SO THERE COMES A POINT sometimes, were I just have to put up my hands in surrender, and admit that I have no idea what in the world is going on. It can hurt my pride a bit, but it needs to be said.
So, while I was off searching for my 'weekend filler' posts I've been putting up all weekend over at the Indie Writers Monthly blog I stumbled upon something that made me stop and, well, spend a few minutes pondering.
I found this post over at Sploid about the sum of all positive real numbers being -(1/12). You know,, 1+2+3+4+5... Now, that is counterintuitive, I mean, I can't think of a logical means in which adding up all numbers would equal that. But that doesn't really bother me much, you can't get a handle on many concepts if you can't deal with a bit of counter intuitivity in your life. I watched the video below and was ready to move on, they'd tried to explain, but I didn't quite grasp, but I had decided to just shrug my shoulders and not to put any of my brain power to the thing.
Then, towards the end (around the final 2 mins of the video), physicist Tony Padilla just starts talking about the difference between a 'really big number' and infinity. He ends up making a very passionate case for the beauty of math. Even if you skip the first 6 mins or so, I encourage everyone to watch the last 2.
The reason that this moved me so, it because that I've never come across this before, and I've not been able to wrap my head around. Now, there are tons of things that I struggle with. When I was in college, one of the times anyway, when I was determined to be a biologist, I spent a few semesters doing nothing aside from taking math courses.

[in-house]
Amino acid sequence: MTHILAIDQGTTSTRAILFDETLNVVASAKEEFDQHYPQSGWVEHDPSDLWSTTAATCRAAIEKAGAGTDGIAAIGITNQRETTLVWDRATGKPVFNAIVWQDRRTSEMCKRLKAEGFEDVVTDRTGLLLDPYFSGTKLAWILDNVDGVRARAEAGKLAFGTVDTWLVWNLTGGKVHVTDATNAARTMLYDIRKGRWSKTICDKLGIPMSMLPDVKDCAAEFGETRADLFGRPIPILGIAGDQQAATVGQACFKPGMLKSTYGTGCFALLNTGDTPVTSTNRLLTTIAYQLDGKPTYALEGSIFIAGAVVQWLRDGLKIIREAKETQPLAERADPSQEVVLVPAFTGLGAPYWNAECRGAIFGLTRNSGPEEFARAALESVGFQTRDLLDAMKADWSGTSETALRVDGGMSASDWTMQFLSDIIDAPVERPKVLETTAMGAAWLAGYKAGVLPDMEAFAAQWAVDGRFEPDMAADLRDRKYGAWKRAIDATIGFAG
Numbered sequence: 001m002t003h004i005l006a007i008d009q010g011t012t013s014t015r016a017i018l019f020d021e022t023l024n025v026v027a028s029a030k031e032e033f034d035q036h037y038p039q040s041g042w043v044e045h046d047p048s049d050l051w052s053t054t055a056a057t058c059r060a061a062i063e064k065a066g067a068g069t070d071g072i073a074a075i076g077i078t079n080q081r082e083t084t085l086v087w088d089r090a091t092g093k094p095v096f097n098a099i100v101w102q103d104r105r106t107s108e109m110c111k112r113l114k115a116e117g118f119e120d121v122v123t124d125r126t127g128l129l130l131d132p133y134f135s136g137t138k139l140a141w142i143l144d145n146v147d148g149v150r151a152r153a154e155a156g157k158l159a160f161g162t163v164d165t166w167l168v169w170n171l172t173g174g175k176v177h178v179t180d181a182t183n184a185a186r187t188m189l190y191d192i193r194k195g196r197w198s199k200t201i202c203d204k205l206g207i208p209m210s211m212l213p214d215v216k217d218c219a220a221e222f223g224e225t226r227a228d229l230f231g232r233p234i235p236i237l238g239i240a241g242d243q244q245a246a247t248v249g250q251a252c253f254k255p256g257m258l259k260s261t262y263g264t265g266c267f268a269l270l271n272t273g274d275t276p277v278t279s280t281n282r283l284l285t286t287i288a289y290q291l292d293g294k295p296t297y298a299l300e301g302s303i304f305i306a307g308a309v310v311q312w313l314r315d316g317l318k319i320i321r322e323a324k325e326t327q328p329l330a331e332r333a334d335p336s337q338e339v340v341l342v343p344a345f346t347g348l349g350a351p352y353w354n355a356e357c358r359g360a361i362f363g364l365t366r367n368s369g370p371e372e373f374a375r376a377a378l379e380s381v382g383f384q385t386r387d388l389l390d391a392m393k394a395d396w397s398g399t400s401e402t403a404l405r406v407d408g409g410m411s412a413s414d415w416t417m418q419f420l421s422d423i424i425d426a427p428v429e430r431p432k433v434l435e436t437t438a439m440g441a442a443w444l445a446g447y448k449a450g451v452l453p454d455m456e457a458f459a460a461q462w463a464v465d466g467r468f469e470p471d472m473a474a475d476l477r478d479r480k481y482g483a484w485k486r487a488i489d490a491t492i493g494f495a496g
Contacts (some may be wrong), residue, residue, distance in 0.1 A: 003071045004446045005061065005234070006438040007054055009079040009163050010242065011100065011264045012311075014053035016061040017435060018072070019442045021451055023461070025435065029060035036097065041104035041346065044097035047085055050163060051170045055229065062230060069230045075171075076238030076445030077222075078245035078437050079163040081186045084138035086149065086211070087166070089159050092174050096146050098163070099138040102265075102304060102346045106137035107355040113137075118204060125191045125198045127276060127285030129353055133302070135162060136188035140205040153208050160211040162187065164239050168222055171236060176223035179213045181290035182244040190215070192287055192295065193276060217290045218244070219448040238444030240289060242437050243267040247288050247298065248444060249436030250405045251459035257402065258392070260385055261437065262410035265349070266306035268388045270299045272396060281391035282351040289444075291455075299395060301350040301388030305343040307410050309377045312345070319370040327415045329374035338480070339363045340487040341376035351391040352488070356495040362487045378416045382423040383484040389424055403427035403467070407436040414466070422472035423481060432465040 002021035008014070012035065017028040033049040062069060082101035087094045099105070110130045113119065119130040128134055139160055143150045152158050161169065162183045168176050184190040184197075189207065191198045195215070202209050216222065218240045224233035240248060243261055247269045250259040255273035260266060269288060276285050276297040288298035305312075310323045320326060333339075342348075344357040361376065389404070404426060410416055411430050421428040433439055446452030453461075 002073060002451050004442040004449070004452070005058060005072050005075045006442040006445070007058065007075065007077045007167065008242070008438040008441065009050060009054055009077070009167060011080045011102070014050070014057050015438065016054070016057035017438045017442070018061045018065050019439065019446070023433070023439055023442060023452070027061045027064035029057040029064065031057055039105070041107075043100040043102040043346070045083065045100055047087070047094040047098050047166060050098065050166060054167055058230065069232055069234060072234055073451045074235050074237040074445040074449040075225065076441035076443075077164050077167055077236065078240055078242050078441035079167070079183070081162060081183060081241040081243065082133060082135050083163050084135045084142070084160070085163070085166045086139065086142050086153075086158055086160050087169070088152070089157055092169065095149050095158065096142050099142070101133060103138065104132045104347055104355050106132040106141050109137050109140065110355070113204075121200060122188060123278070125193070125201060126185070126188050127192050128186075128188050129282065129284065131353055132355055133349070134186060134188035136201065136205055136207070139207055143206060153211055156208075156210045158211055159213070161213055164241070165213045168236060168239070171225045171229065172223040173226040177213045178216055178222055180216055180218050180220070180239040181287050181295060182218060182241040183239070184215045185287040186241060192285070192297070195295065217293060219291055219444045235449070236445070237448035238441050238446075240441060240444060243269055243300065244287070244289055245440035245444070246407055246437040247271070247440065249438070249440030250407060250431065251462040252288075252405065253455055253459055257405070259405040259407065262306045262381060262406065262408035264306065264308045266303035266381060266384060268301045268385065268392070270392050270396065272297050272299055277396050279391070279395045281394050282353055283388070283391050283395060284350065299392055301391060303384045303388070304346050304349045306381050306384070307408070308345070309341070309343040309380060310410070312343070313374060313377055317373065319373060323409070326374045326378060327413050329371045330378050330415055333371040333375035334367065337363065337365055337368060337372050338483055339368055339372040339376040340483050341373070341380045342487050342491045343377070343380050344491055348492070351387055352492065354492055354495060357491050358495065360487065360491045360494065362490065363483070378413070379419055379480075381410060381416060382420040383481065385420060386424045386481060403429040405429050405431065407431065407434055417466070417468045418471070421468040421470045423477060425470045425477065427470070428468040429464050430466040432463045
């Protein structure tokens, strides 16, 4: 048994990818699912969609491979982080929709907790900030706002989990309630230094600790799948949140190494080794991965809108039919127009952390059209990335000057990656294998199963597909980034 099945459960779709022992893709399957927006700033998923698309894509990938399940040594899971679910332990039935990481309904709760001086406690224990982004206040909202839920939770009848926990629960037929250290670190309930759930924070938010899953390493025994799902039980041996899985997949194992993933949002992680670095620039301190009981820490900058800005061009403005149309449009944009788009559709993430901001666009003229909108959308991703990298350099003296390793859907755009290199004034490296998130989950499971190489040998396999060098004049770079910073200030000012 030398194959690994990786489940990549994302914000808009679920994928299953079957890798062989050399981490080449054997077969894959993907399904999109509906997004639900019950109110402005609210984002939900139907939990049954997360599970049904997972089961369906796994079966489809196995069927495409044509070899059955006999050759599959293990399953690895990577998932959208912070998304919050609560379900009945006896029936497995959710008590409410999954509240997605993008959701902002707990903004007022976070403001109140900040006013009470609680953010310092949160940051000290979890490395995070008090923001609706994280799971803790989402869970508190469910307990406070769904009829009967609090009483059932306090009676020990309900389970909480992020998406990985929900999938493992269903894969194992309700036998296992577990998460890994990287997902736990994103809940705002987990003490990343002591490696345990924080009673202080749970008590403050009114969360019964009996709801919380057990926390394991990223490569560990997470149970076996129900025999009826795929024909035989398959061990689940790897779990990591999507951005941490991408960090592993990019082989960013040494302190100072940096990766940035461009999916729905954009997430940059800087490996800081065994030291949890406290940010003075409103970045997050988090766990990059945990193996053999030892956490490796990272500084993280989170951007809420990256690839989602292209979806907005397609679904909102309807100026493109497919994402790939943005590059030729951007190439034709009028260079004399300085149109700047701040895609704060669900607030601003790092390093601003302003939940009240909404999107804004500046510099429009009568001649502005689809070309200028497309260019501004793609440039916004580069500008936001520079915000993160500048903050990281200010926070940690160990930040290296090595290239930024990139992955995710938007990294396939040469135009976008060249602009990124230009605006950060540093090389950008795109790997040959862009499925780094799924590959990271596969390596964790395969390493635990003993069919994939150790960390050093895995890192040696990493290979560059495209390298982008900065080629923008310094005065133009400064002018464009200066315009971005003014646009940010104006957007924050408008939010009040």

Now, I was never a guy who especially loved math. I was always pretty good at it, but didn't enjoy it very much. And much like writing, if you don't practice it all the time, you tend to not be able to really excel. So I figured I'd do it all in one go I suppose. Anyway, I was struggling with something and was having to have a one on one with the calc prof, and while we were in her office, and she explained the concept to me half a dozen times, I finally sorta got it.
And I asked her, is there stuff that you struggled with like this, things that you just don't get? And she told me that while she was in grad school that she did deal with stuff that was so abstract that she was only able to get through it using only her determination, and that it was really beyond her ability to comprehend.
We talked for a bit, and she tried to explain to me some of the things that blew her mind. It all went over my head. But regardless, that made me think of Salieri's curse in the movie about Mozart, Amadeus. Where he was one of the few men alive that was gifted enough musically to realize the depths of Mozart's genius.
The same thing came up again in Good Will Hunting, where Matt Damon's prof at MIT (well, Matt Damon's character's prof) mentioned that there were only a handful of people on earth that could tell the difference between the two of them (the prof being the lesser mathematical talent), but that he was saddened that he was one of those people.
Now I came to grips with my limitations a long time ago. It doesn't bother me as much that I don't understand as much as it used to. I'm a guy who can't tell the difference between Will Hunting and his math prof, but I'm still curious. So, if you, like me, want a detailed explanation of the proofs... see the vid below. But be warned, it is very mathy.
But still awesome.